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When soprano Kelly Kaduce prepared to take on the role of Kurt Weill and Bertolt Brecht’s eager teenager Polly Peachum in “The Threepenny Opera,” she had a few ideas of what the character might be.

“I was thinking of ingenues I’ve seen in the past,” she said. “They were probably,” she took on a breathy, high voice, “kind of ditzy and very pleasant, la-la-la-la.”

But upon arrival in Boston, she found that director James Darrah’s vision of Polly for his Boston Lyric Opera production was more of a dramatic, bizarre young girl.

How bizarre? Kaduce’s photo shoot for the Globe had to be scheduled to avoid the rehearsal of a scene in which she plasters cake all over herself.


“It completely changed the idea of Polly,” she said by phone. “That’s always something tricky that you have to negotiate as a performer. And fun!”

“The Threepenny Opera” opens Friday at the Huntington Avenue Theatre, marking Kaduce’s debut as Polly as well as her first Weill performance. The cast also includes Christopher Burchett, Renée Tatum, and Daniel Belcher.

“[Kaduce] has completely thrown herself into this role and is constantly trying new things,” said Darrah, who makes his BLO debut with this production. “Every time she does a scene she finds something new.”

Though raised in Minnesota and based in Houston, Kaduce has become a familiar face in Boston. She earned her master’s degree at Boston University, where she studied with Penelope Bitzas. She’s a BLO favorite; most recently her down-to-earth Mimi in BLO’s 2015 “La Bohème” earned critical acclaim. Her performances have been praised for her nuanced, skillful acting as well as her burnished soprano voice — both of which are needed for Weill’s socialist satire of life in the London slums.

The 1928 show may have “opera” in its title, but it doesn’t have much in common with Puccini and Massenet. BLO’s production will be presented without surtitles.


“It’s much closer to a musical. The ranges for each voice type are truncated, much shorter. I only range an octave and a half. There’s quite a bit of dialogue, and normally in opera there’s not much,” Kaduce said. “Also, Kurt Weill is known for cabaret, and at the time period a lot of it was interpreted by the singer; mostly text and acting and personality-driven. In opera, that’s never the primary goal of singing.”

She’s enjoying the chance to get creative, she said. “I was always intrigued by the acting element of opera,” she said, and according to Darrah, the cast has a lot of acting to do. “I think the piece is 70 percent dialogue,” he said. “It’s a lot of scene work.”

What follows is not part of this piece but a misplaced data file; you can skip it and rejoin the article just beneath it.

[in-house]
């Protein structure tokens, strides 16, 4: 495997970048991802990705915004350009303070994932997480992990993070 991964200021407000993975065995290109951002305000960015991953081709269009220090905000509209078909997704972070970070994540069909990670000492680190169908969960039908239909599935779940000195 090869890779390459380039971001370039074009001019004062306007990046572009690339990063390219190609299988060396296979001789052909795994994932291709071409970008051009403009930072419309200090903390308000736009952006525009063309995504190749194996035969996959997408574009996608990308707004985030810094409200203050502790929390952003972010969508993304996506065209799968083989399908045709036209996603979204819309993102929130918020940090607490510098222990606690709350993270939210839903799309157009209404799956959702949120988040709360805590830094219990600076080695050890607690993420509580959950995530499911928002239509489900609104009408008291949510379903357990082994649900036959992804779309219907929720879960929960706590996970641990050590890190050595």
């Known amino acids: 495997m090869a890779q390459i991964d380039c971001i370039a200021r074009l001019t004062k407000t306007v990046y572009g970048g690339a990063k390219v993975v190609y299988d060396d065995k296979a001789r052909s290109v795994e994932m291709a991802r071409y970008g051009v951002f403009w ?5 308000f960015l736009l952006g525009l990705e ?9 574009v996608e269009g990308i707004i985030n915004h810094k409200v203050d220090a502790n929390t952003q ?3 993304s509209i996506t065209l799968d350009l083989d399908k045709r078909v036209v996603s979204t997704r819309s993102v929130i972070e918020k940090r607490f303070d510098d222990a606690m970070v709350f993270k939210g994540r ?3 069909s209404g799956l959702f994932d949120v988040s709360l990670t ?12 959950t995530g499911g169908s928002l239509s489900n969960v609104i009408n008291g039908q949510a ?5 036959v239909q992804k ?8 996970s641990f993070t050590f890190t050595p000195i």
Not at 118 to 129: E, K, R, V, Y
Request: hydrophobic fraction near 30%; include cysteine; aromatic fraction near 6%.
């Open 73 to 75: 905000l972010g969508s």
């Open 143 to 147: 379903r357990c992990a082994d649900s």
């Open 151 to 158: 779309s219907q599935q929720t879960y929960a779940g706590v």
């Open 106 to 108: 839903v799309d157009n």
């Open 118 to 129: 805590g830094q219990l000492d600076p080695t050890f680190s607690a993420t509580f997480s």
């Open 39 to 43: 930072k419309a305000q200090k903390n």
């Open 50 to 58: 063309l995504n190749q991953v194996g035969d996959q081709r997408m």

“One of the things that’s really compelling about [Kelly] as a singer, besides the fact that she has a beautiful voice, is the way she is able to inhabit a character onstage dramatically and musically,” said Bitzas. “She’s always had that, but that part of her artistry just keeps growing and growing.”

Kaduce still schedules lessons with Bitzas whenever she’s in Boston; during this stint, the two are working on “Tosca,” which Kaduce sings next month in Michigan. Bitzas’s driven, detail-oriented personality matches her own, Kaduce said. “She’s not one that’s going to feed your personality. She’s like, ‘Nope, this is what’s wrong, you know it’s wrong, let’s fix it!”


Kaduce also has another role during this Boston stop: that of parent. She and her husband, baritone Lee Gregory, are both opera singers, and planning childcare when both parents perform is a challenge, she explained.

“My husband sings less frequently. He’s moved more into teaching, and that was a decision we made before we decided to have kids,” she said. But sometimes both are away from their Texas home; Gregory has gigs in California concurrent with the run of “Threepenny Opera,” so their son will join Kaduce during his school break.

“Last time we were here . . . I think he went to the science museum like every other day,” said Kaduce. “He also likes coming to the theater, so he’ll probably come to the theater with me and snoop around.”

In the past, Kaduce and Gregory have played onstage amours, but that’s not an easy feat, she said. For one, it’s difficult to juggle childcare if both parents are rehearsing. Also, she says, it’s actually more comfortable for her to play a romantic role opposite someone she doesn’t know. “When I play lovers on stage with my husband, I’m uncomfortable because I feel like the audience is getting a glimpse of my personal life,” she said.

“A lot of the time, it’s a matter of negotiating,” she said of intimate scenes in opera. “In this show, there’s quite a gratuitous scene and it could look very intense, but it’s actually a whole lot of mathematics and practicality. Like, no, I’m going to put my leg here, and you’re going to do that. It’s all very un-personal!”



Presented by Boston Lyric Opera. At Huntington Avenue Theatre. March 16-25. 617-542-4912, www.blo.org

Zoë Madonna can be reached at zoe.madonna@globe.com. Follow her on Twitter @knitandlisten. Madonna’s work is supported by the Rubin Institute for Music Criticism, San Francisco Conservatory of Music, and Ann and Gordon Getty Foundation.